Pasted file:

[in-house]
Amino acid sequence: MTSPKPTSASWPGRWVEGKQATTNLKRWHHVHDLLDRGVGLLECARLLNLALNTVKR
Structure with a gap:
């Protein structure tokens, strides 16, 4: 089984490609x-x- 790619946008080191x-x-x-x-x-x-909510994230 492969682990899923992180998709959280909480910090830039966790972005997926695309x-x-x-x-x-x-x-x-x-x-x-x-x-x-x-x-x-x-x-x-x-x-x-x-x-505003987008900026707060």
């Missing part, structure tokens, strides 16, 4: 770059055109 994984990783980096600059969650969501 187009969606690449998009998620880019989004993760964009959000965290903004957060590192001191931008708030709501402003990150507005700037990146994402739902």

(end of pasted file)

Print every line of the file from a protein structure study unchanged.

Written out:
[in-house]
Amino acid sequence: MTSPKPTSASWPGRWVEGKQATTNLKRWHHVHDLLDRGVGLLECARLLNLALNTVKR
Structure with a gap:
């Protein structure tokens, strides 16, 4: 089984490609x-x- 790619946008080191x-x-x-x-x-x-909510994230 492969682990899923992180998709959280909480910090830039966790972005997926695309x-x-x-x-x-x-x-x-x-x-x-x-x-x-x-x-x-x-x-x-x-x-x-x-x-505003987008900026707060």
């Missing part, structure tokens, strides 16, 4: 770059055109 994984990783980096600059969650969501 187009969606690449998009998620880019989004993760964009959000965290903004957060590192001191931008708030709501402003990150507005700037990146994402739902």